Chitwan rhinos are straying out of jungle more frequentlyLack of grass inside the Chitwan National Park is the reason, say park officials.
Ramesh Kumar Paudel
Surbir Pokharel’s house in Mangalpur is one and a half kilometres from the Narayani river, which is flanked by community forests on either side. Spotting a one-horned rhino has become almost a daily occurrence for Pokharel.
“A rhino came around my house a week ago. We have stacks of straw in the compound, but the pachyderm did not eat the straw. It grazed on the soft grass growing in the fields and on the corn and pumpkin patches,” said Pokharel. “It looked like the rhino came here for fresh green grass.”
Mangalpur in ward 16 of Bharatpur Metropolitan City is among the many settlements frequented by rhinos from the Chitwan National Park (CNP). According to locals, more rhinos have been coming out of the jungle looking for fresh green grass.
Park officials also surmise that the rhinos emerge from their habitats in search of grass and tender foliage. Ganesh Prasad Tiwari, information officer at the CNP, says that rhinos enter farmlands for gazing since there is no good grass inside the national park. He stressed the need for managing grasslands in the national park to stop rhinos from straying outside the forests.
“There are four sectors in the national park—eastern sector Sauraha, central sector Kasara, Bankatta Bagahi sector and Amaltari sector. The rhinos enter the settlements and farmlands through 127 entry points,” said Tiwari. According to him, most of the rhinos come out of their habitats in the Amaltari sector.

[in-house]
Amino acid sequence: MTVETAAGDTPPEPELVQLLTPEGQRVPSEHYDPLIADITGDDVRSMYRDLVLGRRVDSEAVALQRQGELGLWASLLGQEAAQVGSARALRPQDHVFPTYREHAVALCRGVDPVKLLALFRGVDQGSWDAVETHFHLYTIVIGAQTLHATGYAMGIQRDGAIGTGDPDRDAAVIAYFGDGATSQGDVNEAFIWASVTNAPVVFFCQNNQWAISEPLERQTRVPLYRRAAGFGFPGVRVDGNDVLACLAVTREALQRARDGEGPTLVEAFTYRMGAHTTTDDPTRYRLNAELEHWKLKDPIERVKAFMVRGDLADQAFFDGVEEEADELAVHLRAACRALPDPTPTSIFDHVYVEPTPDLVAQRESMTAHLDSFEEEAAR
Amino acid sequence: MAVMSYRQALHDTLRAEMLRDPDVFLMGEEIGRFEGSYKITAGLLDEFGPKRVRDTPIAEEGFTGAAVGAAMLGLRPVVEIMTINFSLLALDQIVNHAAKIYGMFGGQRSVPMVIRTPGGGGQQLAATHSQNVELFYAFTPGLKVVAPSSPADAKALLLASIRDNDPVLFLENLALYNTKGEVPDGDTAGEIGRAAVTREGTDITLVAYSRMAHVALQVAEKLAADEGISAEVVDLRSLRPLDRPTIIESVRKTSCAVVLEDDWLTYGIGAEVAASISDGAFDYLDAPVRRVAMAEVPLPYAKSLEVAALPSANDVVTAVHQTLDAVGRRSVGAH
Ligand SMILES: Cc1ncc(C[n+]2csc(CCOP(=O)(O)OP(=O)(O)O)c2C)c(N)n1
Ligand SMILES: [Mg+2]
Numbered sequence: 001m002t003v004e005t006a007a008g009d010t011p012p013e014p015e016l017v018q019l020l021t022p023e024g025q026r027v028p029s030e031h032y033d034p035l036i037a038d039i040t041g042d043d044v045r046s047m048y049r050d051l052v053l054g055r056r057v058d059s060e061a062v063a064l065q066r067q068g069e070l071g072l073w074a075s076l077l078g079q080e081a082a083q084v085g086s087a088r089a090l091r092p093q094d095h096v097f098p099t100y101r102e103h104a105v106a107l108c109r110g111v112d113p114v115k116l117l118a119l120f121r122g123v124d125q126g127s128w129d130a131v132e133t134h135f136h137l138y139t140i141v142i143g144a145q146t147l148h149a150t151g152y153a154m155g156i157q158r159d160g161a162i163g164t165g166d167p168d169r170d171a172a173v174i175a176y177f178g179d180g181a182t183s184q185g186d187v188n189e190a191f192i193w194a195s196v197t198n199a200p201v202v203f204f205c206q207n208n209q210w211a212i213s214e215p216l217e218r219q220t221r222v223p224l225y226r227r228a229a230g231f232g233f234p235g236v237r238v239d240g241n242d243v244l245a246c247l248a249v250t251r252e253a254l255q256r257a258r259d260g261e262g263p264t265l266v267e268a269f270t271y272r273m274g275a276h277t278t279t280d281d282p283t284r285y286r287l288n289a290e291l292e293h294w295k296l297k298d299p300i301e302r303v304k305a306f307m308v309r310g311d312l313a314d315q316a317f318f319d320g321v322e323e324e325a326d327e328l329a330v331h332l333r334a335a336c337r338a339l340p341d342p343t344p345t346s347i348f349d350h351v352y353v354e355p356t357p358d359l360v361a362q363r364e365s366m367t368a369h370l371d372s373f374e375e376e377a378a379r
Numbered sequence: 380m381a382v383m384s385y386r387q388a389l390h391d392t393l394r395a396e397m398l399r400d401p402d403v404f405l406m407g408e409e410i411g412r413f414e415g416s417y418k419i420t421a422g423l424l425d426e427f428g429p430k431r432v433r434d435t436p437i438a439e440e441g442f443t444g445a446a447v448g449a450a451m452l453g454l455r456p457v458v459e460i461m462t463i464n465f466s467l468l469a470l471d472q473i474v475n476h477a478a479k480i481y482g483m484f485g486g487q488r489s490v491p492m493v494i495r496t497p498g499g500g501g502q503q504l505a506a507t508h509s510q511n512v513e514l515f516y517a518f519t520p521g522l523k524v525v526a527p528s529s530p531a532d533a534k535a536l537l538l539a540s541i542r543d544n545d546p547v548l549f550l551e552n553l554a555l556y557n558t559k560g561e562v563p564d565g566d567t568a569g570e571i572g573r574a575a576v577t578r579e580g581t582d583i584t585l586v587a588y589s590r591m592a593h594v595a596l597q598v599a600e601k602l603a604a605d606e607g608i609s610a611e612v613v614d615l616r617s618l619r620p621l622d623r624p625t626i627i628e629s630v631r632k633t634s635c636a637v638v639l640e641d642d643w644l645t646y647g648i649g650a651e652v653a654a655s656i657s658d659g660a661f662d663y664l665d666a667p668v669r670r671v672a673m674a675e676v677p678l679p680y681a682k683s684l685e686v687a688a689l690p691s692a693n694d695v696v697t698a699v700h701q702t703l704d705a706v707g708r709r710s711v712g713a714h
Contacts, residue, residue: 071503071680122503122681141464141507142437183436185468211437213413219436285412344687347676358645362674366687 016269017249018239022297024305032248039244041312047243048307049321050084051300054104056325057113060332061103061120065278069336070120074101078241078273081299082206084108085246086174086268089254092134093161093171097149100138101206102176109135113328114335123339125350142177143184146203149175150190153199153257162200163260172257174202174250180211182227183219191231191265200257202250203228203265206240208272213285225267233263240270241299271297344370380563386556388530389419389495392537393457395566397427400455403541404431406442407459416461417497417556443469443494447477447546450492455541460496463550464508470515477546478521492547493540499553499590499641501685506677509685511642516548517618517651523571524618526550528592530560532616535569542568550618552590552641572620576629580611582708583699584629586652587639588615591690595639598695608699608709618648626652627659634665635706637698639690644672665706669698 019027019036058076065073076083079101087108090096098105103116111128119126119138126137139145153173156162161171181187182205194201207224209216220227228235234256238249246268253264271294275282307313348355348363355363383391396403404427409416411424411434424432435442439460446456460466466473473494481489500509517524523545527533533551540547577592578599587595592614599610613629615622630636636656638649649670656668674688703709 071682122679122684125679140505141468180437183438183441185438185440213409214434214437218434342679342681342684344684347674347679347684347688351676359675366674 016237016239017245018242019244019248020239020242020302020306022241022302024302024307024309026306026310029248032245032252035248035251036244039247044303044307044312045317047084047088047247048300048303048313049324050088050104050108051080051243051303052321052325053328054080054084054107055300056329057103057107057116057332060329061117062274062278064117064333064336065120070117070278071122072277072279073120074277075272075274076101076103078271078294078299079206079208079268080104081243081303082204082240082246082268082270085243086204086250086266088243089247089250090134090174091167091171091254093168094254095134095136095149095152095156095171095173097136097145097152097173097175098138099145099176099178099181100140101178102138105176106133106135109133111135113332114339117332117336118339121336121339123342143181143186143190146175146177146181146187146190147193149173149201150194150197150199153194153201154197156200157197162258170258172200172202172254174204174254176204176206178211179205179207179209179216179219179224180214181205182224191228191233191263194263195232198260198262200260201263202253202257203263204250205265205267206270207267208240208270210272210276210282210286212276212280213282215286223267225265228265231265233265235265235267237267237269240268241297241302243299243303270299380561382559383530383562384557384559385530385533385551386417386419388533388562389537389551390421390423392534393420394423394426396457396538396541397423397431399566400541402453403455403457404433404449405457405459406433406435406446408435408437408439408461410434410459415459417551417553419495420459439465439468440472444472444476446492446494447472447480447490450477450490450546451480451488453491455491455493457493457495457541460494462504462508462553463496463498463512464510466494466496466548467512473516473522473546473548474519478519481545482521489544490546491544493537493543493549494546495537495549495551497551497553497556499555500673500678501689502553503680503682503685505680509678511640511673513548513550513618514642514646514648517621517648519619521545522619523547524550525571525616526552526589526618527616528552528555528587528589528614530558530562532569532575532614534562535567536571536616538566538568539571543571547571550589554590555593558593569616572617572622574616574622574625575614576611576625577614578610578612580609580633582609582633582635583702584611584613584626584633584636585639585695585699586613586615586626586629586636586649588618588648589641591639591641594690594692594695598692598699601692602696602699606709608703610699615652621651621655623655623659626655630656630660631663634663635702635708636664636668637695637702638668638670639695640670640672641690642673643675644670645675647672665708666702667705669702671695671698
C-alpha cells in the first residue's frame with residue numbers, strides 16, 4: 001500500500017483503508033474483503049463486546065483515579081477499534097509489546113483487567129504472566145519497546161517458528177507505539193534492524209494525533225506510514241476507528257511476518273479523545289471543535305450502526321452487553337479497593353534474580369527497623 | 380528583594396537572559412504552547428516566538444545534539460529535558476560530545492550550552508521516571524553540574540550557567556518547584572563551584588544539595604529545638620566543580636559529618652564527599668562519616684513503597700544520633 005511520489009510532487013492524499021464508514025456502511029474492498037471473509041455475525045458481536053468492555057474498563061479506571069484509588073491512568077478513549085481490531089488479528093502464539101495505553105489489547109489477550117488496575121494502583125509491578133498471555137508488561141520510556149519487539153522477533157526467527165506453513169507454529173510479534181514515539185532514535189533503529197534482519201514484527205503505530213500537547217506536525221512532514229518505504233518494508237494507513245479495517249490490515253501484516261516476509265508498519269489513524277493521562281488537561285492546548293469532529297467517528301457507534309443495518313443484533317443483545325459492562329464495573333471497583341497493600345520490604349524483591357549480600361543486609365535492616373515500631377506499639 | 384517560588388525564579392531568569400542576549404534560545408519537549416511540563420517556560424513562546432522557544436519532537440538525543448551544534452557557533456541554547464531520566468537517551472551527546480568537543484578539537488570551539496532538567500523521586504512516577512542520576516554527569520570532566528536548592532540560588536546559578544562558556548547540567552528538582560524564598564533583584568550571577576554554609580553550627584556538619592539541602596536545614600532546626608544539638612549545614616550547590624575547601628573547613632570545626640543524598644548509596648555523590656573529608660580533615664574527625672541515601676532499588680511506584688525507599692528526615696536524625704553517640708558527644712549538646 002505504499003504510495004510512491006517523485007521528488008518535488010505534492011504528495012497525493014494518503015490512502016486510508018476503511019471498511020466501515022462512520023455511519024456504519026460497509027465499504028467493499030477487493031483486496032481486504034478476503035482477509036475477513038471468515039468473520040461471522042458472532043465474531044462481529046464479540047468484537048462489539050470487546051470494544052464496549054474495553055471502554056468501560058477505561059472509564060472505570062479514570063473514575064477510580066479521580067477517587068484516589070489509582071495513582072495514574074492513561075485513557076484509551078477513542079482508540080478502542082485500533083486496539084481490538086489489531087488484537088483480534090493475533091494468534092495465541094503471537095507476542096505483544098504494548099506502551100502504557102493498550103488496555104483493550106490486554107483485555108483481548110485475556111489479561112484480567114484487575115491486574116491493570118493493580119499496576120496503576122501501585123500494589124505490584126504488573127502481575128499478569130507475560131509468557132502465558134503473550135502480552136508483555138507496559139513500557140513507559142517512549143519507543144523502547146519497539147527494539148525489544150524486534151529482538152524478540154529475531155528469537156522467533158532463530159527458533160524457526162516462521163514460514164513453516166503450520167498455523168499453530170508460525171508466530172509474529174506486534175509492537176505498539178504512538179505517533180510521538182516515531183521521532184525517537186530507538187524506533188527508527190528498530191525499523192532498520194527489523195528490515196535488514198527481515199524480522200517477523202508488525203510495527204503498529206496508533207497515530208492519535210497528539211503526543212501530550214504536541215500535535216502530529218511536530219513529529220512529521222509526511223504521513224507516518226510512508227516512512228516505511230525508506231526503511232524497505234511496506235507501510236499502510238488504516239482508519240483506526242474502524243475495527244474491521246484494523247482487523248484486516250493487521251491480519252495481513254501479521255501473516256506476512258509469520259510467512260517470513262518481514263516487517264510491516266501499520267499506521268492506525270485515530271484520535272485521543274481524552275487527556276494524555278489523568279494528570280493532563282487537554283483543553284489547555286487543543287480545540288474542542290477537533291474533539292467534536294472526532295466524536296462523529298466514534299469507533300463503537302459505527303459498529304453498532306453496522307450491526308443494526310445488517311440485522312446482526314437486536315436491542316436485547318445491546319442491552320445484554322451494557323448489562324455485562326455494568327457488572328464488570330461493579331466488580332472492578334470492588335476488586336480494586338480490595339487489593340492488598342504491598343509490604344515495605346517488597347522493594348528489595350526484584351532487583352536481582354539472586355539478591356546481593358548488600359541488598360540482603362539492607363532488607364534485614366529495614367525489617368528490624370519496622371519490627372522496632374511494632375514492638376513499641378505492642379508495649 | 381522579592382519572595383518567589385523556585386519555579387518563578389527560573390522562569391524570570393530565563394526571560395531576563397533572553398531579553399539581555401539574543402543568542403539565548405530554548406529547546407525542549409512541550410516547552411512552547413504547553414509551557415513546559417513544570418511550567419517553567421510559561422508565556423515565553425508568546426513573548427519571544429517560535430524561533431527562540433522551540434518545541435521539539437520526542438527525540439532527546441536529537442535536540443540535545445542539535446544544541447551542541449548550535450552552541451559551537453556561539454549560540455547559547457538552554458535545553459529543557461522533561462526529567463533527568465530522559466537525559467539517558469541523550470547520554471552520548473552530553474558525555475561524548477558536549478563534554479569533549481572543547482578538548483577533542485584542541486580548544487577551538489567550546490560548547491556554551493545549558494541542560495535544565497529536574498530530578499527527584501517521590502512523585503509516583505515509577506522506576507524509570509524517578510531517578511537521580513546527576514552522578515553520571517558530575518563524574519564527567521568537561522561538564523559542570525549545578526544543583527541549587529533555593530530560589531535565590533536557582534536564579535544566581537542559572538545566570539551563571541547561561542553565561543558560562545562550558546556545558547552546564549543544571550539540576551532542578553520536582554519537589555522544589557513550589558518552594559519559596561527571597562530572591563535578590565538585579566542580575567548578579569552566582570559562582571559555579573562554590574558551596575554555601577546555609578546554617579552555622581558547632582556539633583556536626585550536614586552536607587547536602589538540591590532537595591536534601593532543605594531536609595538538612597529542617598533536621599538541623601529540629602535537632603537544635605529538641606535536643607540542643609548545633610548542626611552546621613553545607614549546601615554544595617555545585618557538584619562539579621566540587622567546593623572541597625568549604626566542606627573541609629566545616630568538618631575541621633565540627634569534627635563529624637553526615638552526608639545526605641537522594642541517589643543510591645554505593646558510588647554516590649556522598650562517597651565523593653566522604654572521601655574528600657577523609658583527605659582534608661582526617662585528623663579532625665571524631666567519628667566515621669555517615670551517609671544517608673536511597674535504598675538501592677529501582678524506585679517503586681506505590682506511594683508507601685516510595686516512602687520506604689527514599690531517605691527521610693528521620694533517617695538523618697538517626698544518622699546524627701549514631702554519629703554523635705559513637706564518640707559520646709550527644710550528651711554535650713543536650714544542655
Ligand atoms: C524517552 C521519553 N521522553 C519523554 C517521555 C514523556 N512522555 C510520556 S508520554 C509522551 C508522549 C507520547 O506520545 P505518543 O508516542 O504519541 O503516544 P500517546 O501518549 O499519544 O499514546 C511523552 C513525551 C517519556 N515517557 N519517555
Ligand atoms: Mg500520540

Approximately 10 percent of the total area of the Chitwan National Park, the country’s first national park, is covered with grasslands. “Budget allocations for managing grasslands and meadows inside the national park have been decreasing over the years,” said Tiwari. “That’s why grasslands have dried up in some areas inside the park.”
The government released around Rs32.5 million in the fiscal year 2019-20 to manage and expand grasslands in the Chitwan National Park. But allocations under the header have been gradually decreasing since then. In the last fiscal year, only Rs2.5 million was allocated to expand grasslands and Rs3.8 million to manage the existing ones.
In the current fiscal year, Rs5.8 million has been released for overall grassland management.
Ganesh Pant, information officer at the Department of National Parks and Wildlife Conservation, admits that rhinos leave the park area to graze in the fields due to the lack of food inside the park. “Working guidelines are being prepared to manage the grasslands in the protected areas effectively. And funds will be allocated accordingly,” said Pant. “The rhino population is high in the western sector of the Chitwan National Park. Efforts are on to shift them to the eastern side of the park. We will soon make a field visit and make a decision,” said Pant.
Incidents of human-rhino interactions and conflicts are frequently reported as many of the animals enter farmlands and settlements. According to the park, two persons died in separate rhino attacks in the current fiscal year while crops on many hectares were damaged by the animals.
The straying of wildlife into human settlements not only harms people and causes damage to properties, but also creates more challenges in conservation efforts. When rhinos come into villages and fields, it becomes easier for poachers to ambush and kill the animals. The rhinos also die by electrocution when they try to enter fields protected by electric fences.
On January 20, a female rhino and its calf were found dead on the bank of the Narayani River at ward 2 of Madhyabindu Municipality. The horn of the mother rhino had been severed. A postmortem confirmed that the rhinos died by electrocution.
The one-horned rhino, which is native to Nepal and India, is an endangered animal species. According to the national rhino census conducted in 2021, Nepal is home to 752 one-horned rhinos, and Chitwan National Park alone hosts 694.